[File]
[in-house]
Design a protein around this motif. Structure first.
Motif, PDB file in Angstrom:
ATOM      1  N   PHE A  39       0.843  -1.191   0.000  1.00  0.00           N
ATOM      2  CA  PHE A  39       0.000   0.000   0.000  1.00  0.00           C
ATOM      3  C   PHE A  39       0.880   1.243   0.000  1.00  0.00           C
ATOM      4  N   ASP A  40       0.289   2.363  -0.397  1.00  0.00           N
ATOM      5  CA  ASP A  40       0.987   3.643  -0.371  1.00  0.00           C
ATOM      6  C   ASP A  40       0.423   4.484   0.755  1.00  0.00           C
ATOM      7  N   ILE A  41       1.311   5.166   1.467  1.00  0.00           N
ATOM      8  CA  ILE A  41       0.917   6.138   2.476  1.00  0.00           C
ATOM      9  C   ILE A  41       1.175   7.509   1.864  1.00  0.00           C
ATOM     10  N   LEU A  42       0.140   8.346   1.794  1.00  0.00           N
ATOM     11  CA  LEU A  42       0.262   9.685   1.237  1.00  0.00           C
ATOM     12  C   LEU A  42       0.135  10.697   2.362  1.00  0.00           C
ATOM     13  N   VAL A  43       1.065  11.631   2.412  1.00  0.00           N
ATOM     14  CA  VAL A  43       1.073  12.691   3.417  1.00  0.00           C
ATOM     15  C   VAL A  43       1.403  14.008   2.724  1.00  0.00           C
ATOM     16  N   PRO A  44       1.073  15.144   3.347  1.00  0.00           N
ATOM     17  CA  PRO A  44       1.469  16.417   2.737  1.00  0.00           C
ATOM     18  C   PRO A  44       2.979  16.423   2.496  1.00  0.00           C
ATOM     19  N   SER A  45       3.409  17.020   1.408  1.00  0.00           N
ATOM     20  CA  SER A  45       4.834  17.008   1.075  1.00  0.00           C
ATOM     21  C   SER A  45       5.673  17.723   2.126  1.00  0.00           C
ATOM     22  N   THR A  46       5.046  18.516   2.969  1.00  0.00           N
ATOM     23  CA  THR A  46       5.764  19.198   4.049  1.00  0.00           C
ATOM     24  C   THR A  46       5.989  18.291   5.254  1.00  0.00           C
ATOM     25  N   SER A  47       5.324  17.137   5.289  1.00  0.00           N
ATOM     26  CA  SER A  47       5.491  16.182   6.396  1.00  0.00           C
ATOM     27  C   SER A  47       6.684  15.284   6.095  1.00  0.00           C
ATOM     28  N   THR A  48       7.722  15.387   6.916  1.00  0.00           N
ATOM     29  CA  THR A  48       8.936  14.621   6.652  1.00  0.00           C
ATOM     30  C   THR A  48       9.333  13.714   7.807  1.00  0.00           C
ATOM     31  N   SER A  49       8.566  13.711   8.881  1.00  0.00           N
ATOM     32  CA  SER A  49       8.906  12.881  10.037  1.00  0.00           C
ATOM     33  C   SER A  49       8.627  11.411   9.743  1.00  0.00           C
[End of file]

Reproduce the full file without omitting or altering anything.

[in-house]
Design a protein around this motif. Structure first.
Motif, PDB file in Angstrom:
ATOM      1  N   PHE A  39       0.843  -1.191   0.000  1.00  0.00           N
ATOM      2  CA  PHE A  39       0.000   0.000   0.000  1.00  0.00           C
ATOM      3  C   PHE A  39       0.880   1.243   0.000  1.00  0.00           C
ATOM      4  N   ASP A  40       0.289   2.363  -0.397  1.00  0.00           N
ATOM      5  CA  ASP A  40       0.987   3.643  -0.371  1.00  0.00           C
ATOM      6  C   ASP A  40       0.423   4.484   0.755  1.00  0.00           C
ATOM      7  N   ILE A  41       1.311   5.166   1.467  1.00  0.00           N
ATOM      8  CA  ILE A  41       0.917   6.138   2.476  1.00  0.00           C
ATOM      9  C   ILE A  41       1.175   7.509   1.864  1.00  0.00           C
ATOM     10  N   LEU A  42       0.140   8.346   1.794  1.00  0.00           N
ATOM     11  CA  LEU A  42       0.262   9.685   1.237  1.00  0.00           C
ATOM     12  C   LEU A  42       0.135  10.697   2.362  1.00  0.00           C
ATOM     13  N   VAL A  43       1.065  11.631   2.412  1.00  0.00           N
ATOM     14  CA  VAL A  43       1.073  12.691   3.417  1.00  0.00           C
ATOM     15  C   VAL A  43       1.403  14.008   2.724  1.00  0.00           C
ATOM     16  N   PRO A  44       1.073  15.144   3.347  1.00  0.00           N
ATOM     17  CA  PRO A  44       1.469  16.417   2.737  1.00  0.00           C
ATOM     18  C   PRO A  44       2.979  16.423   2.496  1.00  0.00           C
ATOM     19  N   SER A  45       3.409  17.020   1.408  1.00  0.00           N
ATOM     20  CA  SER A  45       4.834  17.008   1.075  1.00  0.00           C
ATOM     21  C   SER A  45       5.673  17.723   2.126  1.00  0.00           C
ATOM     22  N   THR A  46       5.046  18.516   2.969  1.00  0.00           N
ATOM     23  CA  THR A  46       5.764  19.198   4.049  1.00  0.00           C
ATOM     24  C   THR A  46       5.989  18.291   5.254  1.00  0.00           C
ATOM     25  N   SER A  47       5.324  17.137   5.289  1.00  0.00           N
ATOM     26  CA  SER A  47       5.491  16.182   6.396  1.00  0.00           C
ATOM     27  C   SER A  47       6.684  15.284   6.095  1.00  0.00           C
ATOM     28  N   THR A  48       7.722  15.387   6.916  1.00  0.00           N
ATOM     29  CA  THR A  48       8.936  14.621   6.652  1.00  0.00           C
ATOM     30  C   THR A  48       9.333  13.714   7.807  1.00  0.00           C
ATOM     31  N   SER A  49       8.566  13.711   8.881  1.00  0.00           N
ATOM     32  CA  SER A  49       8.906  12.881  10.037  1.00  0.00           C
ATOM     33  C   SER A  49       8.627  11.411   9.743  1.00  0.00           C